Because of how things have been since Saturday, my main objective for today is simply to recuperate.
I actually thought of taking a day trip over to Michigan City, you know, perhaps to wade in Lake Michigan a bit and hang out on the beach. But I don't think I'll do that today; that's a better thing to do on a hot day rather than a cool one.
I feel like I want to do something but I can't decide what, so rather than try to figure it out I think I'll just sleep or something, instead of trying to accomplish anything.
* * *
Last night, wanting to watch a movie, I dug out Mr. Baseball.
I don't know the last time I saw it. I do know that I bought the DVD some years ago from a bargain bin, unwrapped it, and never watched it. But I still like the movie as much as--more than--I did the first time I saw it way back when.
The thing is, this isn't just a regular Hollywood movie about a boorish American in a foreign land, fraught with stereotypes; the movie had heavy Japanese involvement and if you know what to look for it just feels right. All kinds of little details all over the place just make the whole thing work.
There are a few bobbles, of course, and it's not perfect by any stretch--but it's a fun movie and I enjoyed seeing it again.
I couldn't decide on anything else. I, My, Me Strawberry Eggs--about the reluctant transvestite teacher--I haven't watched that one for a while and I've been thinking about it. The whole Crest of the Stars ouerve--that would be good. 801 TTS Airbats and Cat Girl Nuku Nuku. All the old favorites, in fact--but I wasn't in an anime mood, I realized.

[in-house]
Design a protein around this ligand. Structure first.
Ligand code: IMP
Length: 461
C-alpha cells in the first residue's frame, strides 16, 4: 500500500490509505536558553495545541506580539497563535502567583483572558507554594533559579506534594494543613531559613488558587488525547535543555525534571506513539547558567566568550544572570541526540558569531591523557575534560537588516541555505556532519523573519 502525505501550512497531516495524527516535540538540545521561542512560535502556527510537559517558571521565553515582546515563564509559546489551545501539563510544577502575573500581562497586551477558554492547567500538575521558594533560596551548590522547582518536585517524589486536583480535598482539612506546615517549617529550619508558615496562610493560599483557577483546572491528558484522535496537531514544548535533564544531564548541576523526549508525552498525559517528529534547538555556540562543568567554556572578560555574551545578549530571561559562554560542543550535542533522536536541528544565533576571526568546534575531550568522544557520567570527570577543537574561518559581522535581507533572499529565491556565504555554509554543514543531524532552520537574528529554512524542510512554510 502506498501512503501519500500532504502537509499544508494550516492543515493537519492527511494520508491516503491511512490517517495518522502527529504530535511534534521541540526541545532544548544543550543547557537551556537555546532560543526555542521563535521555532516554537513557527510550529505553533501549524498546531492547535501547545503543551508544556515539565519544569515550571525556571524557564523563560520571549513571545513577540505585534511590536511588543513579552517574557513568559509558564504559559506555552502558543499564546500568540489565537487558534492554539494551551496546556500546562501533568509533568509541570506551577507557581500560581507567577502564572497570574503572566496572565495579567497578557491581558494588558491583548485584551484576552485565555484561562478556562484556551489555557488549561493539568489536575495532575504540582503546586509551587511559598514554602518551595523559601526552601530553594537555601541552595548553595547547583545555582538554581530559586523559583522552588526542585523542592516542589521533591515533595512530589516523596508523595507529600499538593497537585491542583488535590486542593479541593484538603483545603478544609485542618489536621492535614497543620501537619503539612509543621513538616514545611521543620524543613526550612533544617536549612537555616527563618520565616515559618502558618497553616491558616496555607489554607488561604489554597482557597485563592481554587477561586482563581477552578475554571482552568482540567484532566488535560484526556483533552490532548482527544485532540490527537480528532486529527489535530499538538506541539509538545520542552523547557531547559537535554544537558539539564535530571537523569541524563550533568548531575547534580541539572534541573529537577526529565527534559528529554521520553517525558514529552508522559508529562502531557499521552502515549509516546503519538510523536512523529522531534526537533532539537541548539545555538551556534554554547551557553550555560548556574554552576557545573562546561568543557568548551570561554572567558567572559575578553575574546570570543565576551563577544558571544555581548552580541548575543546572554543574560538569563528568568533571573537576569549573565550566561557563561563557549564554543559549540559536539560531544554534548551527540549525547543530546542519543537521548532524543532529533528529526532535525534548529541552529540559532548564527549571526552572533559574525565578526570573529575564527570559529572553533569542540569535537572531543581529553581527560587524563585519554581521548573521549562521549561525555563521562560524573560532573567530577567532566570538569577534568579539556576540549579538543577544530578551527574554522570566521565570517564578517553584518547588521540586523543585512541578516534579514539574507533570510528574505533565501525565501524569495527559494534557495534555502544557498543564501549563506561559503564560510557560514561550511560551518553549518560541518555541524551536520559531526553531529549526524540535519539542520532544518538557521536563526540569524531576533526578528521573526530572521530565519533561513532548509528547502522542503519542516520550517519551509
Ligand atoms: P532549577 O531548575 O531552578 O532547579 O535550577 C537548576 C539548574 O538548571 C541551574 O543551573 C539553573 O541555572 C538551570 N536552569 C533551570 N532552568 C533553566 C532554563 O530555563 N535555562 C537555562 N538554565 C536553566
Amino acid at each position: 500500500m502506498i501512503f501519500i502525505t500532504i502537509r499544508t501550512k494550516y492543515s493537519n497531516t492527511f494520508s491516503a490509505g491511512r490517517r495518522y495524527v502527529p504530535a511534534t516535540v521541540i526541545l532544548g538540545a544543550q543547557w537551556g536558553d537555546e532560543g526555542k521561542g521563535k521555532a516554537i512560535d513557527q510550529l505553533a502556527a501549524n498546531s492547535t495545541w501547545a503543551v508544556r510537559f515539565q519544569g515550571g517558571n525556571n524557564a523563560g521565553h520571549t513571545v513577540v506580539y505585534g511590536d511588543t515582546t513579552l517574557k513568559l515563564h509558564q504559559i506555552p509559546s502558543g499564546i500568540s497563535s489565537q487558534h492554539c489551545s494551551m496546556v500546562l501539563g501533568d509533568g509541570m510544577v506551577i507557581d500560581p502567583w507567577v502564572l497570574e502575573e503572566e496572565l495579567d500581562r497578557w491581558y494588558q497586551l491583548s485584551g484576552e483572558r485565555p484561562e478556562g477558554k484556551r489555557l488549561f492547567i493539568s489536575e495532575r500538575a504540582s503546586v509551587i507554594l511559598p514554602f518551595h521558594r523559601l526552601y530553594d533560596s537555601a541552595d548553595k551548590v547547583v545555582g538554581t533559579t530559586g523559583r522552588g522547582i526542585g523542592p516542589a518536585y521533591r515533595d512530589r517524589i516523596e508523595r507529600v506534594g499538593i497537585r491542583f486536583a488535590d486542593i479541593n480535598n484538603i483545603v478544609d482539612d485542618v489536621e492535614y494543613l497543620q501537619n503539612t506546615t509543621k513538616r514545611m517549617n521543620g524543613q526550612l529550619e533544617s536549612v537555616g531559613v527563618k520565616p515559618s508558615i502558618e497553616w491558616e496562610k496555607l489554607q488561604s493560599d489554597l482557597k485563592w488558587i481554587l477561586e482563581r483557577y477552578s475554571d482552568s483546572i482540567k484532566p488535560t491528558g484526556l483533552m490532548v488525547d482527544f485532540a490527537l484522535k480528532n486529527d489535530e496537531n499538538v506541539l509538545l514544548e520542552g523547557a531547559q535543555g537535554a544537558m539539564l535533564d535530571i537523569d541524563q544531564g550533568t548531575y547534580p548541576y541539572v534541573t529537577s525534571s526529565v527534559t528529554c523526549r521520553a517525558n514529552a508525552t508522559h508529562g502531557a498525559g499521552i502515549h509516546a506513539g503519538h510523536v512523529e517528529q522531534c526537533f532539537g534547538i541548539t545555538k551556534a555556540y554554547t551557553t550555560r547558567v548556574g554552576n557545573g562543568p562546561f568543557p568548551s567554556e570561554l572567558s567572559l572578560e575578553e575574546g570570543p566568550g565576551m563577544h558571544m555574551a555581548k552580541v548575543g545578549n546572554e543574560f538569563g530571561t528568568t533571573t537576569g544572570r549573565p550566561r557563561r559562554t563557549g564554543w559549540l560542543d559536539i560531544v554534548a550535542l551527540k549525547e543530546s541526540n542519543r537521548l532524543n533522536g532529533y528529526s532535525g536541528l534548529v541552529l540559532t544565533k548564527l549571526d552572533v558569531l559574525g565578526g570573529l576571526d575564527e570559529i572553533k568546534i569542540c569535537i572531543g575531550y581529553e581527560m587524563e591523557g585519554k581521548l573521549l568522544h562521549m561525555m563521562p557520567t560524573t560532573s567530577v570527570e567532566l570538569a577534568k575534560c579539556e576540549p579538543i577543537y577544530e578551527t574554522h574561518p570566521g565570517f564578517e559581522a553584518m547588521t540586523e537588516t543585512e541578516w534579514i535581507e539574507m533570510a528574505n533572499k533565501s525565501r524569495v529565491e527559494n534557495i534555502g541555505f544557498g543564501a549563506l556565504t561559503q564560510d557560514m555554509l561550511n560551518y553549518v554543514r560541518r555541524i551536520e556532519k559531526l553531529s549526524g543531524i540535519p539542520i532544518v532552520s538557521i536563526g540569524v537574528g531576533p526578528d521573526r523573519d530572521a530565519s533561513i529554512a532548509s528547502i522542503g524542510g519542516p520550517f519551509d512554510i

* * *
So the new story I'm working on--
See, everything gelled on Sunday night, and I was meaning to get after it, but this and that happened--anyway, Wednesday was Der Tag, so I got to work on it.
Problem is, my emotions were jangling like a banjo in a wheat thresher--I couldn't really think straight, and it wasn't until last night that I finally realized what was wrong with the setting.
The story is partially based on the dream I mentioned in this post--at least some of the elements of it--and in fact I decided to construct an all-new SF universe for it, because it won't fit into the SF universe I established for all my other stories.
(I had to Google it. And then said, "April 30th?" to myself. Was it that long ago?)
In fact, now that I look at it, a lot of the stuff in that dream was either changed or eliminated, but it's still the germ of the idea for this story, so WTF.
Anyway, problem is, I set it on an Earthlike world orbiting an A7 star about 1,000 light years from Earth...and I can't make it work.
Problem 1) I really want the world to have an orbit about 15 years long. I could do that with a B-class star--the habitable zone would be out far enough for that to work--but the light from a B-class star looks like the light from a TIG welder. And, I belatedly realized, even an A7 star would be approximately the same. Vega is an A0 star, and as Peewee said of its light in Heinlein's Have Space Suit--Will Travel: